We derive optimal bounds on the effective conductivity tensor of polycrystalline aggregates by introducing an appropriate null-Lagrangian that is rotationally invariant. For isotropic aggregates of uniaxial crystals an outstanding conjecture of Schulgasser is proven, namely that the lowest possible effective conductivity of isotropic aggregates of uniaxial crystals is attained by a composite sphere assemblage, in which the crystal axis is directed radially outwards in each sphere. By laminating this sphere assemblage with the original crystal we obtain anisotropic composites that are extremal, i.e., attaining our bounds. These, together with other results established here, give a partial characterization of the set of all possible effective tensors of polycrystalline aggregates. The same general method is used to prove a conjectured phase interchange inequality for isotropic composites of two isotropic phases. This inequality correlates the effective conductivity of the composite with the effective tensor when the phases are interchanged. It leads to optimal bounds on the effective conductivity when another effective constant, such as the effective diffusion coefficient, has been measured, or when one has information about ζ1 which is a parameter characteristic of the microgeometry, or when one knows the material is symmetric, i.e., invariant under phase interchange like a three-dimensional checkerboard.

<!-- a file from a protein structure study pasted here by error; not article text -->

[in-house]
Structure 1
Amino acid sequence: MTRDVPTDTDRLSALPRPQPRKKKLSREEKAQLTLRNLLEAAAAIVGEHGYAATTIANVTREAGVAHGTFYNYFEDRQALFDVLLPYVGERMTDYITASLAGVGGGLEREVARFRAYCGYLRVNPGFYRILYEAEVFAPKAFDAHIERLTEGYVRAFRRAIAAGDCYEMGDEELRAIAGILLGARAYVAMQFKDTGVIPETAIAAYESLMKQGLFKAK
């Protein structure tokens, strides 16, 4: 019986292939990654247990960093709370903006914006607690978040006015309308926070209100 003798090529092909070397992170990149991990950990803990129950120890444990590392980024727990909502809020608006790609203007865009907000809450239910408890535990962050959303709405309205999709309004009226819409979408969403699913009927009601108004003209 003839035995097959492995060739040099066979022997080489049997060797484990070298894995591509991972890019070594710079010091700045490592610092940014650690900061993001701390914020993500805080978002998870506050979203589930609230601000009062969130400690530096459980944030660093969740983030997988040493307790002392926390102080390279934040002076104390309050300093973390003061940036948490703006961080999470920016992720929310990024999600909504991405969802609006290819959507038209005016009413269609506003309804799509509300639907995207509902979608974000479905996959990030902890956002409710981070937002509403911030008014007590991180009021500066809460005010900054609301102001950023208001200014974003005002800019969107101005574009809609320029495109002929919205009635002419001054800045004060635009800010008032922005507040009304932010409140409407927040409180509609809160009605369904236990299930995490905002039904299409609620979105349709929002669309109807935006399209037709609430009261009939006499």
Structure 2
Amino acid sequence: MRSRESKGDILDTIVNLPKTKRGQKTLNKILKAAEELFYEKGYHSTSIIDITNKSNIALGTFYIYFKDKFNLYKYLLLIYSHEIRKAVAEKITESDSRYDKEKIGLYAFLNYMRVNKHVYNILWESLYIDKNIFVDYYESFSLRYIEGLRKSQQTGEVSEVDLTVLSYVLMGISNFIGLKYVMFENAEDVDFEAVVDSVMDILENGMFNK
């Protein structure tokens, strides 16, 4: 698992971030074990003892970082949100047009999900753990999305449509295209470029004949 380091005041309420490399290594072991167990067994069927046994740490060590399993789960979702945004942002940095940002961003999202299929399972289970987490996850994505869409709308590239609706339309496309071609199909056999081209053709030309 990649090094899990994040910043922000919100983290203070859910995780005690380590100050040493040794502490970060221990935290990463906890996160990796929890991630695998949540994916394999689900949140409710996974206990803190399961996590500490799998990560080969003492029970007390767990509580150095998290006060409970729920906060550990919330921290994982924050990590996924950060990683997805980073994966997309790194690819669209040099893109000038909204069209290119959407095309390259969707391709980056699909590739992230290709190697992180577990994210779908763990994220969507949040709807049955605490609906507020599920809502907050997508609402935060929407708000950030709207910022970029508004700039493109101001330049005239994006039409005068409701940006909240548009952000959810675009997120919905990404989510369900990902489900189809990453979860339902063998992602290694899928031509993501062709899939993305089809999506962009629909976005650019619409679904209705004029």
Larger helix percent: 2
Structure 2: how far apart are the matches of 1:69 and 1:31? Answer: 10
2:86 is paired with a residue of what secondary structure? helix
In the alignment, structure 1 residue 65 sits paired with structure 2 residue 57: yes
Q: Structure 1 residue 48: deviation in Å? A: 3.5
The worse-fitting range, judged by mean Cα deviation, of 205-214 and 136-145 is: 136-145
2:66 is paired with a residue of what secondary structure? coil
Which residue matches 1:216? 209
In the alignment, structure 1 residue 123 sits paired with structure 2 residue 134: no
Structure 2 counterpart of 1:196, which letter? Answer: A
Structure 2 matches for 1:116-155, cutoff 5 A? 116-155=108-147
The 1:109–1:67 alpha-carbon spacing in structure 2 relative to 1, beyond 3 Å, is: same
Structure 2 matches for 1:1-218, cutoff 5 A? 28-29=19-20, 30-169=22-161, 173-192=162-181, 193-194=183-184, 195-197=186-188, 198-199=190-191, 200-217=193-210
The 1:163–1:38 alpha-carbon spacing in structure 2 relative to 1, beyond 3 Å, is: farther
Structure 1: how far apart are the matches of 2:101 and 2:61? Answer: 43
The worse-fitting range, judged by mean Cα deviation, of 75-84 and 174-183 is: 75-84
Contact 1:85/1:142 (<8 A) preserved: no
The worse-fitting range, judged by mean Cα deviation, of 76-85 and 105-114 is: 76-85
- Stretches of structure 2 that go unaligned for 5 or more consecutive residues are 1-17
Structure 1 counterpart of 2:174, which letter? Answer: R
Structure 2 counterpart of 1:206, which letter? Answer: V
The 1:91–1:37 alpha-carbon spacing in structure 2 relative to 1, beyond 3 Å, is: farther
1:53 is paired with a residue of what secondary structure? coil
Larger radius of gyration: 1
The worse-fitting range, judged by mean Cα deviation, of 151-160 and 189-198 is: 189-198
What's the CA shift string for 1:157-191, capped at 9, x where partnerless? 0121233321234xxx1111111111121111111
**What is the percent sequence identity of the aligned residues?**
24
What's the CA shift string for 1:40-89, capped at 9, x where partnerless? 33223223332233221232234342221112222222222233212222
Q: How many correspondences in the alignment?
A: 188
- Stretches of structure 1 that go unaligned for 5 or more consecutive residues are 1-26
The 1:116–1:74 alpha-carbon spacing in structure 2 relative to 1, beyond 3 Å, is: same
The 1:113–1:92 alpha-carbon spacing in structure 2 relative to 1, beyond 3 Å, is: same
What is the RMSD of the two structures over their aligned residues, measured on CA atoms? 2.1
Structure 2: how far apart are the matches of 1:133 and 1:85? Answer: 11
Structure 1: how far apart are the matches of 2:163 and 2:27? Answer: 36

ASJC Scopus subject areas
- Physics and Astronomy(all)